Ever since Facebook announced plans to spend a billion dollars to acquire photo-sharing startup Instagram, critics have rightly wondered why even a Silicon Valley giant flush with cash would spend so much on a company with $0 in revenue and no business model. But it's far from the first zero-revenue startup acquired for millions recently. It's not even the first one acquired by Facebook.
The social network spent tens of millions grabbing startups such as FriendFeed, Hot Potato, and Beluga—companies with little or no revenue, and no established business models. Like Instagram, there were other, perhaps less tangible (non-monetary) benefits to the acquisitions, from talent to technology to users. Other companies have followed the same strategy.
Skype acquired GroupMe for a reported $85 million, even though the group messaging service had no revenue. But Skype didn't scoop up the service because it was a money generator. Rather, GroupMe provides Skype with a smart solution for group chats, excellent social data, and an awesome new feature for Windows Phone when Skype's integration with Microsoft is complete.
The same goes for Zite, the personalized-news service CNN acquired for between $20 million to $30 million—despite, again, having zero revenue and no business model. But CNN is gaining a strong foothold in mobile news, and a fantastic recommendation technology that could enable CNN to personalize its own news.
And the same also goes for Siri, the personal-assistant service that Apple reportedly acquired for $200 million. Apple didn't buy Siri because of its outstanding revenue potential. However, the service did give the latest iPhone a hit feature that's driving sales of the smartphone; it also gives Apple a position in mobile search, which could have a long-term impact on the company's bottom line.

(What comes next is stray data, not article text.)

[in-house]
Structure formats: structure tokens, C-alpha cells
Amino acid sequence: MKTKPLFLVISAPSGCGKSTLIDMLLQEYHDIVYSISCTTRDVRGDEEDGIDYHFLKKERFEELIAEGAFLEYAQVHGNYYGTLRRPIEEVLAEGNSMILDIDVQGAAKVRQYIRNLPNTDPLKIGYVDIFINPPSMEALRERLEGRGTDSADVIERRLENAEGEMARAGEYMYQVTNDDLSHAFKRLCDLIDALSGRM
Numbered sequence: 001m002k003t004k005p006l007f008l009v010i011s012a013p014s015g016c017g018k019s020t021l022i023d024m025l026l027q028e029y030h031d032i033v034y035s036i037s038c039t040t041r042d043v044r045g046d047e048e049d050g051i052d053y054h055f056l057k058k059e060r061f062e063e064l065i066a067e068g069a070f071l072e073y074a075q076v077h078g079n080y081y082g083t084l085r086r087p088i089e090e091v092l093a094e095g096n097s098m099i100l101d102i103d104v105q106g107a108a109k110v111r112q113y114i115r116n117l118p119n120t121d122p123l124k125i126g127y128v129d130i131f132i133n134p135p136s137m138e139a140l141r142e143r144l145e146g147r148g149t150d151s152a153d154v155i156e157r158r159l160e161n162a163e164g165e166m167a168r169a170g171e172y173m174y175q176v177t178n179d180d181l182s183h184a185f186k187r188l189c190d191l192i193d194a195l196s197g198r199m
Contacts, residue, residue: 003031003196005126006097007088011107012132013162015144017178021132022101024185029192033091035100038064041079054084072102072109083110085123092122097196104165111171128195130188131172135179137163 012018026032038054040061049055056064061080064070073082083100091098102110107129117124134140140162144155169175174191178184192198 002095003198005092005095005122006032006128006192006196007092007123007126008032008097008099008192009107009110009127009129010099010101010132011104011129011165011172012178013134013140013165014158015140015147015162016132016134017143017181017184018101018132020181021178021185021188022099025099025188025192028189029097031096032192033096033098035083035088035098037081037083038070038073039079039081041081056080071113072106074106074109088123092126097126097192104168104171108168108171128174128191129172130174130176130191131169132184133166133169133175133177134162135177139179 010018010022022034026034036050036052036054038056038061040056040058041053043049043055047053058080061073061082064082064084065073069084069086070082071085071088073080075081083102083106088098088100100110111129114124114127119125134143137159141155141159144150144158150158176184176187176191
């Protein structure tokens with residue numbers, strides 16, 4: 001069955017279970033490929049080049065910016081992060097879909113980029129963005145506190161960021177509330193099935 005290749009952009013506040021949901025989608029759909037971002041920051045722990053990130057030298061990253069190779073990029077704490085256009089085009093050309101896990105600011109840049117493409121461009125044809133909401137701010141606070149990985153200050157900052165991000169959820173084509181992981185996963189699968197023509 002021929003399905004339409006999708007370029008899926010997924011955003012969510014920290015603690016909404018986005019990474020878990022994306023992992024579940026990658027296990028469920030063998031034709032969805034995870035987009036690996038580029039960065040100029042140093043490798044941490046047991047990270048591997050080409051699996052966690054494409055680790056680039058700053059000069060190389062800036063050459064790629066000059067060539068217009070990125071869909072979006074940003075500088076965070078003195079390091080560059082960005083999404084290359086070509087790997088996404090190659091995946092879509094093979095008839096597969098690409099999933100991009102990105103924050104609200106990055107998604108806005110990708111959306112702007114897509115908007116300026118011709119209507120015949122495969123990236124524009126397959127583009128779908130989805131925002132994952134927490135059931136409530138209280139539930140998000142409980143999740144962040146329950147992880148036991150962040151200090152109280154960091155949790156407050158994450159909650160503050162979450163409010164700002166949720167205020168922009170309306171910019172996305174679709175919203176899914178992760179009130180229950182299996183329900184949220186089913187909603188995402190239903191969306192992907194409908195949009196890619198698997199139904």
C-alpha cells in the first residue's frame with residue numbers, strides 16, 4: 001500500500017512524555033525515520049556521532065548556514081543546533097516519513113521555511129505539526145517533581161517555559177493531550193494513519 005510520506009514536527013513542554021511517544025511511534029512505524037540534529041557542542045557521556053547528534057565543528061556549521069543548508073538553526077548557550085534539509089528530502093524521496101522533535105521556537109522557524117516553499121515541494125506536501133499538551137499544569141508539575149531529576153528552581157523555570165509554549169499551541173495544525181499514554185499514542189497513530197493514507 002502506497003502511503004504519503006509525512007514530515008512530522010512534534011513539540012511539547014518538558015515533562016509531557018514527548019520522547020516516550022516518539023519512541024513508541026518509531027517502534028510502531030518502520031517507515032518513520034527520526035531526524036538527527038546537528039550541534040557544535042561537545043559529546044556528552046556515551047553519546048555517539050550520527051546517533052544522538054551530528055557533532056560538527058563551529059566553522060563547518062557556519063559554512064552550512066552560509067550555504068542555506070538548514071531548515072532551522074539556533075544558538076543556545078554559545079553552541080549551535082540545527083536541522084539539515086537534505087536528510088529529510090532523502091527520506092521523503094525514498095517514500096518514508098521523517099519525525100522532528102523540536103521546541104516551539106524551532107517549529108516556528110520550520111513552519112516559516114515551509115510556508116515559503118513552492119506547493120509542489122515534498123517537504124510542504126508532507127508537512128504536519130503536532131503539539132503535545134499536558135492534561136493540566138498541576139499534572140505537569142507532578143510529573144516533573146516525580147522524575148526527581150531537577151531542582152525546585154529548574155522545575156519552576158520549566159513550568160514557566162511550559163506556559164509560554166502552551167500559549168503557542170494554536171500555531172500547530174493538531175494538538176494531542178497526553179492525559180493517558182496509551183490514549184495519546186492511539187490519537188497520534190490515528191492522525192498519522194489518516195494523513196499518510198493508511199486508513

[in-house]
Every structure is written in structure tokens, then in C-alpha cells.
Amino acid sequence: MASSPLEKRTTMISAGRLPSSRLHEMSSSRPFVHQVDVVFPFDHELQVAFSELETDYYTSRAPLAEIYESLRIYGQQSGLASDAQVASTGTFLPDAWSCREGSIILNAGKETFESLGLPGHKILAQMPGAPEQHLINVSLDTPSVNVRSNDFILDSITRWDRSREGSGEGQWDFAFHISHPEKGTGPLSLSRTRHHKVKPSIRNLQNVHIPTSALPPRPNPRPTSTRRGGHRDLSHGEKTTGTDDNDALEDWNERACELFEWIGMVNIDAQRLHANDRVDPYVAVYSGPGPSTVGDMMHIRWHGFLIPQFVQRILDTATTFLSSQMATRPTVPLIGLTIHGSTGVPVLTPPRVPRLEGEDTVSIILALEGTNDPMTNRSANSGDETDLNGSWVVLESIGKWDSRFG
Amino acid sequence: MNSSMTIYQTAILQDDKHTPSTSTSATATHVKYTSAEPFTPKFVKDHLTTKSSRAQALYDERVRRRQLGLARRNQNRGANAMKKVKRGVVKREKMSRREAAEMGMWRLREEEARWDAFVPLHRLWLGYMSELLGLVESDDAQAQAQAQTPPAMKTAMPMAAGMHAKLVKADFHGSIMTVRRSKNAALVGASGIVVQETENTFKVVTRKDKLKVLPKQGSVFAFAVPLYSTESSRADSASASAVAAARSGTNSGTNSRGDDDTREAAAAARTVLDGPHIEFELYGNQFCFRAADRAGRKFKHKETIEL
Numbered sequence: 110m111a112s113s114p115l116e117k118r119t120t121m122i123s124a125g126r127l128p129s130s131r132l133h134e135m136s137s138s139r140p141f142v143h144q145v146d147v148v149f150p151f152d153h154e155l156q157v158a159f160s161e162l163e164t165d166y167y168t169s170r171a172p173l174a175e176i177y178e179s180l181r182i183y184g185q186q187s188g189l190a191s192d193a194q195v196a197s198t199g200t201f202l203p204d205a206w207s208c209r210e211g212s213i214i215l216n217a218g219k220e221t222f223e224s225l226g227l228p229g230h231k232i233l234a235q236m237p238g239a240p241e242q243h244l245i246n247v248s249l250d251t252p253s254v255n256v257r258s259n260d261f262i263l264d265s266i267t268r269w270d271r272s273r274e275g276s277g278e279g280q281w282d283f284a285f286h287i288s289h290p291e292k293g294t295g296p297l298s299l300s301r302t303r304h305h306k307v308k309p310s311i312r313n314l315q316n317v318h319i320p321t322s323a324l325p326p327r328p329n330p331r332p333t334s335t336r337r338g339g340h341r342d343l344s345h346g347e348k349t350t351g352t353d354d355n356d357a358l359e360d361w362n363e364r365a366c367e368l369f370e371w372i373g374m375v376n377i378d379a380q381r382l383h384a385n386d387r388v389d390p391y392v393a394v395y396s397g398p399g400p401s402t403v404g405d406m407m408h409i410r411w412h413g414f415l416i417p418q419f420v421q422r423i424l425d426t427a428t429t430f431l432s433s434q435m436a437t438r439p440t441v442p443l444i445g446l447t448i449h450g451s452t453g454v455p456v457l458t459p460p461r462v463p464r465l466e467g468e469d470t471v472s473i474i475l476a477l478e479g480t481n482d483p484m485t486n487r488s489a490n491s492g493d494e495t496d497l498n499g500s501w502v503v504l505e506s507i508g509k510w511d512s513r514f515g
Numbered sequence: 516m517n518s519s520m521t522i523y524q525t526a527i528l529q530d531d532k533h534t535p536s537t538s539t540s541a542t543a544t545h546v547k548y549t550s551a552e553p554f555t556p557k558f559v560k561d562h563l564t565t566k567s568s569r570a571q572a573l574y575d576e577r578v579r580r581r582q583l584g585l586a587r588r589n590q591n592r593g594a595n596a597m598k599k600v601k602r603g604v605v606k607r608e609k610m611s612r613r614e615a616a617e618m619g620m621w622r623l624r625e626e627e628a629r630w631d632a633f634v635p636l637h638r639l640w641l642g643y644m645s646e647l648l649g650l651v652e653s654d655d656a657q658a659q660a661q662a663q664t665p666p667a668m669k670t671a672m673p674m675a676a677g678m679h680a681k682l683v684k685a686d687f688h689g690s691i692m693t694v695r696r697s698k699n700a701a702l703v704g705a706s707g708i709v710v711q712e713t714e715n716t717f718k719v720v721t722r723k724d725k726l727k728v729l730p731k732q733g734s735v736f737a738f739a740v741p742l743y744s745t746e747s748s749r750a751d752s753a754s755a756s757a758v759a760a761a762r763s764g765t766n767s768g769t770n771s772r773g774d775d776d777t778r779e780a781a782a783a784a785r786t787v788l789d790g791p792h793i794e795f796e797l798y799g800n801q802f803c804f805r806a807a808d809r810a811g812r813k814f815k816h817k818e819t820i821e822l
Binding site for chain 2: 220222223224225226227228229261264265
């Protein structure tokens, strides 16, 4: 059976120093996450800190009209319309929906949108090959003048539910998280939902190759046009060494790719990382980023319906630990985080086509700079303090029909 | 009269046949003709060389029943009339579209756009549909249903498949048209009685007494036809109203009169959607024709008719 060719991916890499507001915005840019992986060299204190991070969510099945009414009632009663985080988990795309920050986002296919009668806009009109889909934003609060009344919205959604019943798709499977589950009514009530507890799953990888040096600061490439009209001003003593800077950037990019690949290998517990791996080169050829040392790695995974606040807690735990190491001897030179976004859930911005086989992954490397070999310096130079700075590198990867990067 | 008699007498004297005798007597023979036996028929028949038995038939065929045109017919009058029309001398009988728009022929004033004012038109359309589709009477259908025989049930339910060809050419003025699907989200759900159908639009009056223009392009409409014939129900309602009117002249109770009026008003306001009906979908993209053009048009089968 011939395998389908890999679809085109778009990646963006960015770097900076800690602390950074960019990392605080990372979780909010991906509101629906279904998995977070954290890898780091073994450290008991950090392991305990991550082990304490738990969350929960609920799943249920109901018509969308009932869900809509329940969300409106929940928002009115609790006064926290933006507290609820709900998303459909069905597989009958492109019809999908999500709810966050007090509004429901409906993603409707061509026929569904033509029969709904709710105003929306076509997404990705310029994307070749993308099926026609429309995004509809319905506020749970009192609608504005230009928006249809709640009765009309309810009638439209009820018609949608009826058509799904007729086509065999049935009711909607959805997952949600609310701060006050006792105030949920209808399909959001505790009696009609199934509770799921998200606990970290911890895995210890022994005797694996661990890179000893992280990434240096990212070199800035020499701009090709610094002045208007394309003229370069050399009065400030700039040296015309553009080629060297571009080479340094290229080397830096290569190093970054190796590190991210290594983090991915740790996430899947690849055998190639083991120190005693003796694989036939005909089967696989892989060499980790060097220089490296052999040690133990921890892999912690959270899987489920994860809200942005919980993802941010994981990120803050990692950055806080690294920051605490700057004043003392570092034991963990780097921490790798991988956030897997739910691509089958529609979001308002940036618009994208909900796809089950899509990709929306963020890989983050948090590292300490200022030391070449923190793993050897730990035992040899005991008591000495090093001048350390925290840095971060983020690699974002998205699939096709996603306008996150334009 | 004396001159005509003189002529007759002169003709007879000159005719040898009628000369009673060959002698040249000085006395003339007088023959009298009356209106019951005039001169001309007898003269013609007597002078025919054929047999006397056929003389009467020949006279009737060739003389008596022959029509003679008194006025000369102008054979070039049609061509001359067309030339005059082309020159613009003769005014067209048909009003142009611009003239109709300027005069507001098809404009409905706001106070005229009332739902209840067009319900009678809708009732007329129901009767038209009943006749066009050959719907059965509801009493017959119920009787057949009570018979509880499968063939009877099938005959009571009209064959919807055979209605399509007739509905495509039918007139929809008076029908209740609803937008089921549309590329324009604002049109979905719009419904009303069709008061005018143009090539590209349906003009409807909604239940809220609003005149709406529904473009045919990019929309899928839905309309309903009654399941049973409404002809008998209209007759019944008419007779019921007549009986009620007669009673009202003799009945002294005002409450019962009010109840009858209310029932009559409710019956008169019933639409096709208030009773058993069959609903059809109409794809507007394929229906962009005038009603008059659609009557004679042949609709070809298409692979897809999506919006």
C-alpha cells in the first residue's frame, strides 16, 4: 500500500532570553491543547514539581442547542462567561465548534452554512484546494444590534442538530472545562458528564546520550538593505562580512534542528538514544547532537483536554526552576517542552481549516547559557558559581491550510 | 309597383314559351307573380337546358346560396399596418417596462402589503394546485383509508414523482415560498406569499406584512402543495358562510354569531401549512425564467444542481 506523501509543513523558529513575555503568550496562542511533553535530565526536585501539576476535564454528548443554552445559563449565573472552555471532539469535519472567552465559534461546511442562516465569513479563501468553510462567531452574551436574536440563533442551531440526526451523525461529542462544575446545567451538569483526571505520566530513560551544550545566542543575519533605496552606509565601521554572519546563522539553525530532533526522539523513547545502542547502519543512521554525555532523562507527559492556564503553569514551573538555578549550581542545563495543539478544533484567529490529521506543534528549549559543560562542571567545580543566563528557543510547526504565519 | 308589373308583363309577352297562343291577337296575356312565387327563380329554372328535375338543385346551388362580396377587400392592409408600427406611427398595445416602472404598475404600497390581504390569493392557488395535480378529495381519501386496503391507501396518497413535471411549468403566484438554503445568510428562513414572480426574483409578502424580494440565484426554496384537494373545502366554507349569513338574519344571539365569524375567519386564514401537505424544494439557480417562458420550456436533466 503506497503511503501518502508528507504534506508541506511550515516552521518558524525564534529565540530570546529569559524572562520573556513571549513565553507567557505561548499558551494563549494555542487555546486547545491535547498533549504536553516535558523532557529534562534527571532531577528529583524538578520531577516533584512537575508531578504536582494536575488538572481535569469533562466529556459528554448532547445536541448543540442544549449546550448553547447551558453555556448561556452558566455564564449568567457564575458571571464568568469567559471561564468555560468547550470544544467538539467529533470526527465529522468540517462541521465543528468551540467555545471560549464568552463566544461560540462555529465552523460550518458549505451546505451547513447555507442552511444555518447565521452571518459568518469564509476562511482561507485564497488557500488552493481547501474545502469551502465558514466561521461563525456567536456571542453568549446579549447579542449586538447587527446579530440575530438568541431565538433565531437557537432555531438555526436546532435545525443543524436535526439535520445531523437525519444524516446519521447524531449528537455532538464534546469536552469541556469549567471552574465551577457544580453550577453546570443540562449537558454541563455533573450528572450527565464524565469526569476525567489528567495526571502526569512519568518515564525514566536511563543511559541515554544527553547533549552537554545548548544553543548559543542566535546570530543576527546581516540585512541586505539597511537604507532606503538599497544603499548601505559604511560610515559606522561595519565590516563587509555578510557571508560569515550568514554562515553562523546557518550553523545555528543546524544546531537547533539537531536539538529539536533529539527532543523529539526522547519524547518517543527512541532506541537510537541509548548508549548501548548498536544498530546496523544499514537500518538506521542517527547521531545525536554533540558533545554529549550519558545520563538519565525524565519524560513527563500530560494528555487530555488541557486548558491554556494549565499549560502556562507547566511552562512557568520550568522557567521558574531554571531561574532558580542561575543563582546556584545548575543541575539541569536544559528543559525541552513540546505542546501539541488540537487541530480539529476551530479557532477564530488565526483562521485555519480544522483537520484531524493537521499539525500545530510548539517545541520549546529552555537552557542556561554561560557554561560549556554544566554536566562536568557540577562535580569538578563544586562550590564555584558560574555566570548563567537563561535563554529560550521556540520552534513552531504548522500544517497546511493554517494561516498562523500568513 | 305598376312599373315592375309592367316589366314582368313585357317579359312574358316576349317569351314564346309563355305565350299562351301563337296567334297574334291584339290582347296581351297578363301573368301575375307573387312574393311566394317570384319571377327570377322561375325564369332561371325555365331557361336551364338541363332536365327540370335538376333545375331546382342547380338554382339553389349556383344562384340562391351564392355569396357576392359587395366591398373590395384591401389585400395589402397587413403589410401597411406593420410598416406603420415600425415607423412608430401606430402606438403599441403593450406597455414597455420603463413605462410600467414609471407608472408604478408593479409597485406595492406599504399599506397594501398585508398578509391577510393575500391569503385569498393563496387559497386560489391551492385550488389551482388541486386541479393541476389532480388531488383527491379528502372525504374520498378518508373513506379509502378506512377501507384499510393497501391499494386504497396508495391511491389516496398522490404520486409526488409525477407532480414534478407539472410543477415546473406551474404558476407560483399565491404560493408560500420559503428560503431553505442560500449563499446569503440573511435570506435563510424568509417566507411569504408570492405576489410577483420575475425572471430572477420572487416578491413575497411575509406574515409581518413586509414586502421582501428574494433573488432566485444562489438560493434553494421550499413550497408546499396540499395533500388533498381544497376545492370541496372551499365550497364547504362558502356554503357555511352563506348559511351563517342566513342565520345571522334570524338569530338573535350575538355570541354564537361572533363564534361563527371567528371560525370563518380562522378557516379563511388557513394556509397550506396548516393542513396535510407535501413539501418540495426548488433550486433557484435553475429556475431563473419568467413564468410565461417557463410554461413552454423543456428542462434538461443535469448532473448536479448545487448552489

The point is that a startup's revenue isn't necessarily the best indicator of the price it deserves to be acquired for. Sure, Facebook is spending roughly $33 per Instagram user (which isn't too bad considering New York City Mayor Michael Bloomberg once spent $174 per vote), but it's getting a long list of benefits for that price: one of the world's fastest-growing social networks; a talented team of designers and engineers; arguably the best mobile photo-sharing service; tens of millions of users and countless hours of additional mobile engagement; and a product that ties together well with Timeline.
Admittedly, valuations do appear to be growing higher and more arbitrary. But before criticizing Instagram's $1 billion sales tag, do consider that social networks with actual business models and revenues have turned out badly for their acquirers. For example, years ago AOL purchased Bebo for $850 million, while News Corp. acquired MySpace for $580 million. Both established startups reportedly boasted annual revenue in the eight figures—Bebo reportedly saw $20 million in revenue in 2007. Yet we all know how that ended up: AOL later sold off Bebo for a pathetic $10 million, while News Corp. rid itself of MySpace for just $35 million.
And there is one more significant benefit to Facebook acquiring Instagram: nixing off one its chief competitors before it grows too far out of reach. Remember, Facebook is said to have bid around $500 million a few years ago for a fast-growing startup that barely had revenue, let alone an established business model.
That startup was Twitter, a startup now valued at nearly $8 billion.